A few weeks ago, Nick asked if I’d like a glass of wine with dinner. I agreed, and then decided to throw caution to the wind and have a second with dessert. (I know, crazytown – but it was Friday night, so you’ll forgive me for really letting loose.) At bedtime, we decided to split up reading with the girls; Nick went to Ella’s room and I settled next to Annie as she opened up her latest Princess Posey tome. She began to read to me (thank God she now pronounces the heroine’s name correctly; she used to call her “Princess Pussy”), and I think I heard the first few words… but I’m not quite sure, because the next thing I remember, I was wiping drool off Annie’s pillow and trying to making up an excuse about how I’d been listening, I was just doing it with my eyes closed. When she finished the chapter and turned off the light, I kissed her goodnight as always… but then asked if she would mind if I just stayed put for awhile. I mean, I was already cozy and warm, and it’s been such a chilly winter…

I awoke around 9:30 p.m. and peeled myself out from underneath her covers. Instead of migrating to the living room to pull out my laptop, however (with hopes of editing some photos, or maybe laying out yearbook pages, or researching lessons, or writing plans, or answering emails, or any of the other myriad items on my To Do list), for the first time in… well, I honestly can’t remember, so it must have been forever… I trudged up to my own bedroom. Nick was already lounging on the bed – technically on my side – but, being so tired that I quite literally couldn’t keep my eyes open, I merely grunted a greeting his way and crawled into bed on his side, sound asleep the instant my head hit the pillow.

Good grief, two glasses of wine and I had passed out faster than free samples at Sam’s Club!

I awoke with a start – comically, like you see in the movies, practically sitting bolt upright from a dead sleep – when Nick (who had also nodded off) got up to use the bathroom, and it somehow registered inside that, Holy crap, I actually went to bed before midnight... and I accomplished NONE of what I needed to that night. Slightly panicked, I glanced at the clock – 1:30 a.m. (great balls of fire!, I’d been asleep for four hours?!) – as I realized that the dogs had not yet been let out for the night. In fact, if Nick and I both had dozed off (or, in my case, passed out cold), the dogs hadn’t been let out since… oh… 6 p.m. or so, and asking them to “hold it” until 9 a.m. was probably a bad idea.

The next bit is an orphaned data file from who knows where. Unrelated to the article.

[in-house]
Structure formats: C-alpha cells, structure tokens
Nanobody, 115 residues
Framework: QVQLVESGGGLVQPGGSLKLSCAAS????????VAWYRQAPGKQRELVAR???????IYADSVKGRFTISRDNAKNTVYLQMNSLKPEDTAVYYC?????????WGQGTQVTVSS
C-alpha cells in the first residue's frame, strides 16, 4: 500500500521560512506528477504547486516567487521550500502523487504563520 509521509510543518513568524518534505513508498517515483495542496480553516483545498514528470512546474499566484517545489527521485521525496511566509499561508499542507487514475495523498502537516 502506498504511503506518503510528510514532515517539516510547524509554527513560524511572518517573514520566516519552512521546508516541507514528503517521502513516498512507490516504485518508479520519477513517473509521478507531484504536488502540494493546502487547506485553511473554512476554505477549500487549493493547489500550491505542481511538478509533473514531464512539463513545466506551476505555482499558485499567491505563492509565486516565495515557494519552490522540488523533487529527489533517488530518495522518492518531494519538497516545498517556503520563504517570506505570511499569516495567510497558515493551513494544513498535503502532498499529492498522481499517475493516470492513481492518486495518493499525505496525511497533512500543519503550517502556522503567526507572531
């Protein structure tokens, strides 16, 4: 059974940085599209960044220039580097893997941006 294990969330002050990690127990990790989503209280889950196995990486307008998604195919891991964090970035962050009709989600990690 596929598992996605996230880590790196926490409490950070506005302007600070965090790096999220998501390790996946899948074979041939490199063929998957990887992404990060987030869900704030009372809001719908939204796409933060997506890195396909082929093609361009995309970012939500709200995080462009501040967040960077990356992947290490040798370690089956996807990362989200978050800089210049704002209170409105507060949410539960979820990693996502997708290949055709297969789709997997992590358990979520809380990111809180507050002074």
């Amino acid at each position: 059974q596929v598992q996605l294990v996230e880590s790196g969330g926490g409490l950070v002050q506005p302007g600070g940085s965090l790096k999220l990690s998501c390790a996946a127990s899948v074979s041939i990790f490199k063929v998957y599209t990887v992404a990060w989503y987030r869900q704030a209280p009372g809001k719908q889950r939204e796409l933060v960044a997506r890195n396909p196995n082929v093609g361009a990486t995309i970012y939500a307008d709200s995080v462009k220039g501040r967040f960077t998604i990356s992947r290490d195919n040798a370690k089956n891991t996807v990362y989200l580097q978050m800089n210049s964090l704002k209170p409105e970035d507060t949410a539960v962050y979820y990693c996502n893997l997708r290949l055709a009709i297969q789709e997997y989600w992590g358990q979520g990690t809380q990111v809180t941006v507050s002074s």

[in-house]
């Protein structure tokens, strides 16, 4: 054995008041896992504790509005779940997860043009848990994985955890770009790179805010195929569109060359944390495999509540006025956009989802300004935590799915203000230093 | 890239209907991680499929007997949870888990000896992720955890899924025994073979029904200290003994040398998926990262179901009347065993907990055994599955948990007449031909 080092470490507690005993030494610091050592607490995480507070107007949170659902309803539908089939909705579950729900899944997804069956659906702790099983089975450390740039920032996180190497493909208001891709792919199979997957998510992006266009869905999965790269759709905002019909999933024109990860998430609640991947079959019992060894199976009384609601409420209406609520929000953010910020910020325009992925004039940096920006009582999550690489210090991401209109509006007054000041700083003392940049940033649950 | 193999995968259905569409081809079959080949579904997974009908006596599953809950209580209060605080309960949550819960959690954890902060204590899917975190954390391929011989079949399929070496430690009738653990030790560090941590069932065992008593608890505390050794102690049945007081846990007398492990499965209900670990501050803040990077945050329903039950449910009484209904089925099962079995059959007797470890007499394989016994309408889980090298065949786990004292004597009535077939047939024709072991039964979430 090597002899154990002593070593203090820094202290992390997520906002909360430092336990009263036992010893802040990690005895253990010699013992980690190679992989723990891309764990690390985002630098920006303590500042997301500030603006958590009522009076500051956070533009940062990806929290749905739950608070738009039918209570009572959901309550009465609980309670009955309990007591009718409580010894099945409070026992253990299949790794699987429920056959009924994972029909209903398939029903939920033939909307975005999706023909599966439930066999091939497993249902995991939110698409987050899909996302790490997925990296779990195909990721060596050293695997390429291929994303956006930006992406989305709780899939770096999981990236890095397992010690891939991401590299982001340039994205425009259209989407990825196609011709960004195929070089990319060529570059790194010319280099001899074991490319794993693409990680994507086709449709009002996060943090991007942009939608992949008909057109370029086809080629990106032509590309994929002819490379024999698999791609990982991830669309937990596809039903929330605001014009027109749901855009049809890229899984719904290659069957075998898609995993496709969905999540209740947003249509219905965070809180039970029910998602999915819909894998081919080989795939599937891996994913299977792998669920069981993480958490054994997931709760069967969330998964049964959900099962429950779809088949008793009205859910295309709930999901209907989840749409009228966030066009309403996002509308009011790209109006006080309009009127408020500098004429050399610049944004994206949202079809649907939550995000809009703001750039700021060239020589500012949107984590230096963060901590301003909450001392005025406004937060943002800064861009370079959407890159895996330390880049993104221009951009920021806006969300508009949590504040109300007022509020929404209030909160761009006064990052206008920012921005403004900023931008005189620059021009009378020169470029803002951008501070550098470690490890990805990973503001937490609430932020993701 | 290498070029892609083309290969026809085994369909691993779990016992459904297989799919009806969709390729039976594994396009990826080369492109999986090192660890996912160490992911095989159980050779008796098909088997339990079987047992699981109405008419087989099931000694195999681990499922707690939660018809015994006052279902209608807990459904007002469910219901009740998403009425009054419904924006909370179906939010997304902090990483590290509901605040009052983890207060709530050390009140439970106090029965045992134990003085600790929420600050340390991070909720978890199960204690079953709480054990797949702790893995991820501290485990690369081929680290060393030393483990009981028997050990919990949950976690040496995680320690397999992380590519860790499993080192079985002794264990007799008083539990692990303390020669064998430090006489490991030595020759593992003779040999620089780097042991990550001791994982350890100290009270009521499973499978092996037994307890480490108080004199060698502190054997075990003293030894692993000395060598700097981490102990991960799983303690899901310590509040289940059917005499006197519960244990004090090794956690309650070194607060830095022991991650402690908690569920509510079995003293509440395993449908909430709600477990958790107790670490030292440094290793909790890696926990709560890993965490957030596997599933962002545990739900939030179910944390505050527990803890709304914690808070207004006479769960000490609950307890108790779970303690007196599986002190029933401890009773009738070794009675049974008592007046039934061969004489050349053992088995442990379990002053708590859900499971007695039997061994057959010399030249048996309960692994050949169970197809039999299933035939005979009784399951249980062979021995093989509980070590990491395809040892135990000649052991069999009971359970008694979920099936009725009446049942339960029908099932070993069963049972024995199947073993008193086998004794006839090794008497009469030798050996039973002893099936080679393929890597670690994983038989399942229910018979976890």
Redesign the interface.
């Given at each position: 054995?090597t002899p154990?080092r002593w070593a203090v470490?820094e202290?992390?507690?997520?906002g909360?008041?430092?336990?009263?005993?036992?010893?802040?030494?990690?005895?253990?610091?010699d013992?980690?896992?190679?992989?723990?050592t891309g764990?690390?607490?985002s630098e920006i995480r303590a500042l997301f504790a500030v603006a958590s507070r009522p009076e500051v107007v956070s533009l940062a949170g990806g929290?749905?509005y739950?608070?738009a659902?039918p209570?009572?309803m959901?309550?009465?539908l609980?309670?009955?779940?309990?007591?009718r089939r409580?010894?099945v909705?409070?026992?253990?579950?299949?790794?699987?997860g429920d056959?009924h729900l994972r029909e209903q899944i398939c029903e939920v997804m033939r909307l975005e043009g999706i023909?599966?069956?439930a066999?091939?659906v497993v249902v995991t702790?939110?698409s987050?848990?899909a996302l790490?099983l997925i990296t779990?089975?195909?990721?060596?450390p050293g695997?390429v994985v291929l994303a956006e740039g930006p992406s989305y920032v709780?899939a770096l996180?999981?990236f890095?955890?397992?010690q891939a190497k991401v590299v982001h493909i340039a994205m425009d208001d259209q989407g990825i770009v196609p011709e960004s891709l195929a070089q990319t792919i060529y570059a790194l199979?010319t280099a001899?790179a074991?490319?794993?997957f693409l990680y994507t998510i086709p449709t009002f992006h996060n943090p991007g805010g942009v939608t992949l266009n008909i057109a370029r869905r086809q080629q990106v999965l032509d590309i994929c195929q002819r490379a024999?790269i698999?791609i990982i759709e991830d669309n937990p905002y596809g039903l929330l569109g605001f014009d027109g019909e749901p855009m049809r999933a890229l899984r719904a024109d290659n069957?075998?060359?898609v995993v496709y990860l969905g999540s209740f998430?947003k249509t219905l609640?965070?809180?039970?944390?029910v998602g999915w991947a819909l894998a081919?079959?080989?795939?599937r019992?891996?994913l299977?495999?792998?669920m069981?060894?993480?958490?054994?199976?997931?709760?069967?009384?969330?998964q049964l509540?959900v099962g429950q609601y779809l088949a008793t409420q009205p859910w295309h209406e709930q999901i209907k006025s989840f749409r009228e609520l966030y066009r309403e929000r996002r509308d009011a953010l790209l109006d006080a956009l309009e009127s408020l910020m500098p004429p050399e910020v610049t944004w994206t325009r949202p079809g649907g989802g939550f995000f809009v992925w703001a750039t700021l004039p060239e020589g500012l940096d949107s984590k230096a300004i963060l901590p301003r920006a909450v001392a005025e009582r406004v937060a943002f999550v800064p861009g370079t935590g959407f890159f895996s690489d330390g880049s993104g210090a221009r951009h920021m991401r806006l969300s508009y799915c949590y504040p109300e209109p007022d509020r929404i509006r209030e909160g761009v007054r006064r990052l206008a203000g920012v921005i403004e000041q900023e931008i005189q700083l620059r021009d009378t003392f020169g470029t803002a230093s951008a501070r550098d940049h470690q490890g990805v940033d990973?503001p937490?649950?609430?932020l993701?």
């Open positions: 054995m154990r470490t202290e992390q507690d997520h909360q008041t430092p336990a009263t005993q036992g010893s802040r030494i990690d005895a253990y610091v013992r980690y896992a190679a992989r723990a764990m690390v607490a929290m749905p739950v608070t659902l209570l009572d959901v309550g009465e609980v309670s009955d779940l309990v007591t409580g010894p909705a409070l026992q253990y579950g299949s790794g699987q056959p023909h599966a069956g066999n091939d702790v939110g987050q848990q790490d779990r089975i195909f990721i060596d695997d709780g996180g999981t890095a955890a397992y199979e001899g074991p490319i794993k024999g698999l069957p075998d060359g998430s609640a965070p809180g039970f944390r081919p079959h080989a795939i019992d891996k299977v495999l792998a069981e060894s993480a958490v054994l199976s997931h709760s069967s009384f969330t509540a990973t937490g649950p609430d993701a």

It was then that it dawned on me that I was… damp...?… absolutely everywhere. Because, in my complete and utter exhaustion, I had gotten into bed wearing all of my clothes — including my thick socks, jeans, long-sleeved shirt, and a sweatshirt — and, after lying beneath the sheet, duvet, and comforter for four hours, I had basically sweated myself into oblivion. I managed to shake myself awake enough to remove my (damp) clothing, clean up a bit, and get into some pajamas, and then went downstairs to let the dogs out to do their business.

I did what I always do – open the sliding glass door in our playroom (which is otherwise closed all of the time) to let them romp straight into our backyard – and began to wake up slightly as the chilly night air snuck in. Joey came in almost immediately, as usual, and gobbled his treat as I tucked him into the kennel. Jambi returned shortly thereafter and wandered upstairs, but Langston… Sweet Jesus, y’all, that dog can pee. We are talking, I kid you not, three or four minutes straight and the stream still continues. It’s truly like nothing I’ve ever seen – where does he store all of this liquid? Is he a magician? A sorcerer? – and, quite frankly, sometimes I get bored and check back in with him later.

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Joey was all, Why the hell are you putting my in my kennel in the middle of the day? For a photograph?? Are you nuts?